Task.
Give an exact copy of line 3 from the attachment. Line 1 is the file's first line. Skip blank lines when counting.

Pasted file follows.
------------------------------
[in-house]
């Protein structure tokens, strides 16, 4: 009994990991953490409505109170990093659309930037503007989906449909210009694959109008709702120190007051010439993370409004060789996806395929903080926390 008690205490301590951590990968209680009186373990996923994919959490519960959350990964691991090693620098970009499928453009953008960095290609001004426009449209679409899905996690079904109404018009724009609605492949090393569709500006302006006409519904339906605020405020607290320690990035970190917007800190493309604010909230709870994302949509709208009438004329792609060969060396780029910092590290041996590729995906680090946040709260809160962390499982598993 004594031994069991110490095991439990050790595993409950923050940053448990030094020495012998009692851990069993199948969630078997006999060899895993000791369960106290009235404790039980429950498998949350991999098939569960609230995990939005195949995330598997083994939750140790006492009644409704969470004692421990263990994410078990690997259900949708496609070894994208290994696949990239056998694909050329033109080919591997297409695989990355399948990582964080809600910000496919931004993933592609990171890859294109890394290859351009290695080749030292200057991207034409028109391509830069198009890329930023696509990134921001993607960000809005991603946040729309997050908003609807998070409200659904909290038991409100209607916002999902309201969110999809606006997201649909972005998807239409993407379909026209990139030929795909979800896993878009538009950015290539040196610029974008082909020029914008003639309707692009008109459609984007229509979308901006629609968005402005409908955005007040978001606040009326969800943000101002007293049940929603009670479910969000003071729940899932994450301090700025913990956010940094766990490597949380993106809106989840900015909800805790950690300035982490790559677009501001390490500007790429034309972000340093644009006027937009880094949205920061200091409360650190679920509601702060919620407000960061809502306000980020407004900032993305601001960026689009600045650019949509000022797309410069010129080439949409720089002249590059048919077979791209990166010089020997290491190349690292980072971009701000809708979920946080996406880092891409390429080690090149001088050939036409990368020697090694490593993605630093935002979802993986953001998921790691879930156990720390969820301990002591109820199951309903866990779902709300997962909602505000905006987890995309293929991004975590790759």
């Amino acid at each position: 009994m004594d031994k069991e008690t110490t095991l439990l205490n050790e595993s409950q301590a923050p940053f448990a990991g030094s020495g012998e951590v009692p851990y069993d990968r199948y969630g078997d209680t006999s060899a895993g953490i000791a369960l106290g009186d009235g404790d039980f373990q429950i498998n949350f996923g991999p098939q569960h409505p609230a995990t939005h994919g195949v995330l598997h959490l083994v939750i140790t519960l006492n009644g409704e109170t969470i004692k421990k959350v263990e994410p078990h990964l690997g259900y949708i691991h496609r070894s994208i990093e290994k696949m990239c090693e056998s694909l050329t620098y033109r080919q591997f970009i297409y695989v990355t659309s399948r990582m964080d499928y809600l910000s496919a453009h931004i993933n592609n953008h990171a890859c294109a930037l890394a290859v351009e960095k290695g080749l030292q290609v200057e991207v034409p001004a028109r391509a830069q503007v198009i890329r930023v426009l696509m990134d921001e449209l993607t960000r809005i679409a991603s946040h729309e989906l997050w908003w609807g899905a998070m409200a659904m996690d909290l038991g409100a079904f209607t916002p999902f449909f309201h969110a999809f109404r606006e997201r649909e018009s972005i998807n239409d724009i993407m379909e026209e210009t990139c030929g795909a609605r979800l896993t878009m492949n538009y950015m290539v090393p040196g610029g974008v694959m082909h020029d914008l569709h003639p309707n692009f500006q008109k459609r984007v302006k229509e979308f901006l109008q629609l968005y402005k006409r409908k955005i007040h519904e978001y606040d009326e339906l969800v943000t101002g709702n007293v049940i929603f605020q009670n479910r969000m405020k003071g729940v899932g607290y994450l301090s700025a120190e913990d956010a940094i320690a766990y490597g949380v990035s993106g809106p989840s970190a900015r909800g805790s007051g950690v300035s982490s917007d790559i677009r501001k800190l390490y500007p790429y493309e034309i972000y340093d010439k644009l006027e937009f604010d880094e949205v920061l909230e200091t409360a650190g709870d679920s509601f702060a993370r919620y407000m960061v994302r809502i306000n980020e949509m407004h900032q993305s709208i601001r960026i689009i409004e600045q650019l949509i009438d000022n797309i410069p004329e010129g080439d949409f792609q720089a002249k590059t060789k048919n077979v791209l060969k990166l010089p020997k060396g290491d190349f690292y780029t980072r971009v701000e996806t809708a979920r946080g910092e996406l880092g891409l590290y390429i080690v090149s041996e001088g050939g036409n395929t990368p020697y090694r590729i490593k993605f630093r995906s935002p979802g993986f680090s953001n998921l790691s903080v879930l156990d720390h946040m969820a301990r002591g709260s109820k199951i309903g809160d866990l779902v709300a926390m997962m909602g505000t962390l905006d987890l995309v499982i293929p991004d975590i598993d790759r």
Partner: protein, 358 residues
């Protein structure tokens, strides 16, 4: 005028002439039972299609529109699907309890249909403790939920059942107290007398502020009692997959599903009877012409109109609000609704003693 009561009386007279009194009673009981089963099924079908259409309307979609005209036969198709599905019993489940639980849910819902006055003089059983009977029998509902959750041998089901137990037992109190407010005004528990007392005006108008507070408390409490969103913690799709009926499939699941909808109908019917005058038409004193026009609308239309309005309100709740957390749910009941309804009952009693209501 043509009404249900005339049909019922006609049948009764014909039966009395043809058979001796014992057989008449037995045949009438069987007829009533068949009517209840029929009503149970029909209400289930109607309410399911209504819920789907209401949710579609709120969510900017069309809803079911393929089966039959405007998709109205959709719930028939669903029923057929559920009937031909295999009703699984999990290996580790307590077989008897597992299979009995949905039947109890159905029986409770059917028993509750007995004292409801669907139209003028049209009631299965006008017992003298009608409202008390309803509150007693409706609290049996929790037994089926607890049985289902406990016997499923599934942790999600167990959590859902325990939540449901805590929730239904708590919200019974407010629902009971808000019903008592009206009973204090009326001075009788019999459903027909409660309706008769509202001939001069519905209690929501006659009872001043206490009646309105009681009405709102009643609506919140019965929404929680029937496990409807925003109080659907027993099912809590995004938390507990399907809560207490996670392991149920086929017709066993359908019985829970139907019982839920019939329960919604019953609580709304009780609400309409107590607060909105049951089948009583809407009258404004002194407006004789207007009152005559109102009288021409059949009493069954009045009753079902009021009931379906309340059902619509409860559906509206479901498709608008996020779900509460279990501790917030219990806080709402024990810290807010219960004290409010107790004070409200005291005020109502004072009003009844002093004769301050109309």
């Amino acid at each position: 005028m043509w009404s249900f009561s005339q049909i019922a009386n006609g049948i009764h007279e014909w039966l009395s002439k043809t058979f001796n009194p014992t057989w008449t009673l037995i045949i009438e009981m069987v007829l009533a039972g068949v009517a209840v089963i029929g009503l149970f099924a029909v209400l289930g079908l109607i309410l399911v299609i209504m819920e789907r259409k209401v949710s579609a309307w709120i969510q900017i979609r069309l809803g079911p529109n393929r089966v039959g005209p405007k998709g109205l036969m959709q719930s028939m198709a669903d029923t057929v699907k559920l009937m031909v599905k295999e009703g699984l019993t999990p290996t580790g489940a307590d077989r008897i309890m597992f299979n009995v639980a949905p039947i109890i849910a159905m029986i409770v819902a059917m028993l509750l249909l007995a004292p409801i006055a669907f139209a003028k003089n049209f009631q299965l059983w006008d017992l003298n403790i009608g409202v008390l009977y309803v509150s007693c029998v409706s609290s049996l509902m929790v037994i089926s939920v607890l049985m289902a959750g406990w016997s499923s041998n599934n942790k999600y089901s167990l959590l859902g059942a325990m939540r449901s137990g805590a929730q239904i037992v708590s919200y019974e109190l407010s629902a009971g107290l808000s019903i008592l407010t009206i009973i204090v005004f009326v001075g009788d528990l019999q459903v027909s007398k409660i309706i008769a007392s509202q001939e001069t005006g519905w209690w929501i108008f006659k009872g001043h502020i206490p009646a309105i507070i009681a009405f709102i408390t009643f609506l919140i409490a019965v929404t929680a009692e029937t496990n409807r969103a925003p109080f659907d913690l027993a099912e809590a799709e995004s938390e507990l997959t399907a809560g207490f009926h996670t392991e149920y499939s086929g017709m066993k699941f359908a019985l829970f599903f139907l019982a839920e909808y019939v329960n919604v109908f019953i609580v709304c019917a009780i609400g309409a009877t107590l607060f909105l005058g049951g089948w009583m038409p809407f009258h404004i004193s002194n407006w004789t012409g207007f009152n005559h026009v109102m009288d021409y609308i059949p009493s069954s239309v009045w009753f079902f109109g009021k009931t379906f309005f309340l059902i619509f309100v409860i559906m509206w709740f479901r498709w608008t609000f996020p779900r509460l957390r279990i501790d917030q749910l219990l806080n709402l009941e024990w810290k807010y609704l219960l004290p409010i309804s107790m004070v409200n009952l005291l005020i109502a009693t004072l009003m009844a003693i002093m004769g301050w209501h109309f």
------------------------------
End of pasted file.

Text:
């Amino acid at each position: 009994m004594d031994k069991e008690t110490t095991l439990l205490n050790e595993s409950q301590a923050p940053f448990a990991g030094s020495g012998e951590v009692p851990y069993d990968r199948y969630g078997d209680t006999s060899a895993g953490i000791a369960l106290g009186d009235g404790d039980f373990q429950i498998n949350f996923g991999p098939q569960h409505p609230a995990t939005h994919g195949v995330l598997h959490l083994v939750i140790t519960l006492n009644g409704e109170t969470i004692k421990k959350v263990e994410p078990h990964l690997g259900y949708i691991h496609r070894s994208i990093e290994k696949m990239c090693e056998s694909l050329t620098y033109r080919q591997f970009i297409y695989v990355t659309s399948r990582m964080d499928y809600l910000s496919a453009h931004i993933n592609n953008h990171a890859c294109a930037l890394a290859v351009e960095k290695g080749l030292q290609v200057e991207v034409p001004a028109r391509a830069q503007v198009i890329r930023v426009l696509m990134d921001e449209l993607t960000r809005i679409a991603s946040h729309e989906l997050w908003w609807g899905a998070m409200a659904m996690d909290l038991g409100a079904f209607t916002p999902f449909f309201h969110a999809f109404r606006e997201r649909e018009s972005i998807n239409d724009i993407m379909e026209e210009t990139c030929g795909a609605r979800l896993t878009m492949n538009y950015m290539v090393p040196g610029g974008v694959m082909h020029d914008l569709h003639p309707n692009f500006q008109k459609r984007v302006k229509e979308f901006l109008q629609l968005y402005k006409r409908k955005i007040h519904e978001y606040d009326e339906l969800v943000t101002g709702n007293v049940i929603f605020q009670n479910r969000m405020k003071g729940v899932g607290y994450l301090s700025a120190e913990d956010a940094i320690a766990y490597g949380v990035s993106g809106p989840s970190a900015r909800g805790s007051g950690v300035s982490s917007d790559i677009r501001k800190l390490y500007p790429y493309e034309i972000y340093d010439k644009l006027e937009f604010d880094e949205v920061l909230e200091t409360a650190g709870d679920s509601f702060a993370r919620y407000m960061v994302r809502i306000n980020e949509m407004h900032q993305s709208i601001r960026i689009i409004e600045q650019l949509i009438d000022n797309i410069p004329e010129g080439d949409f792609q720089a002249k590059t060789k048919n077979v791209l060969k990166l010089p020997k060396g290491d190349f690292y780029t980072r971009v701000e996806t809708a979920r946080g910092e996406l880092g891409l590290y390429i080690v090149s041996e001088g050939g036409n395929t990368p020697y090694r590729i490593k993605f630093r995906s935002p979802g993986f680090s953001n998921l790691s903080v879930l156990d720390h946040m969820a301990r002591g709260s109820k199951i309903g809160d866990l779902v709300a926390m997962m909602g505000t962390l905006d987890l995309v499982i293929p991004d975590i598993d790759r």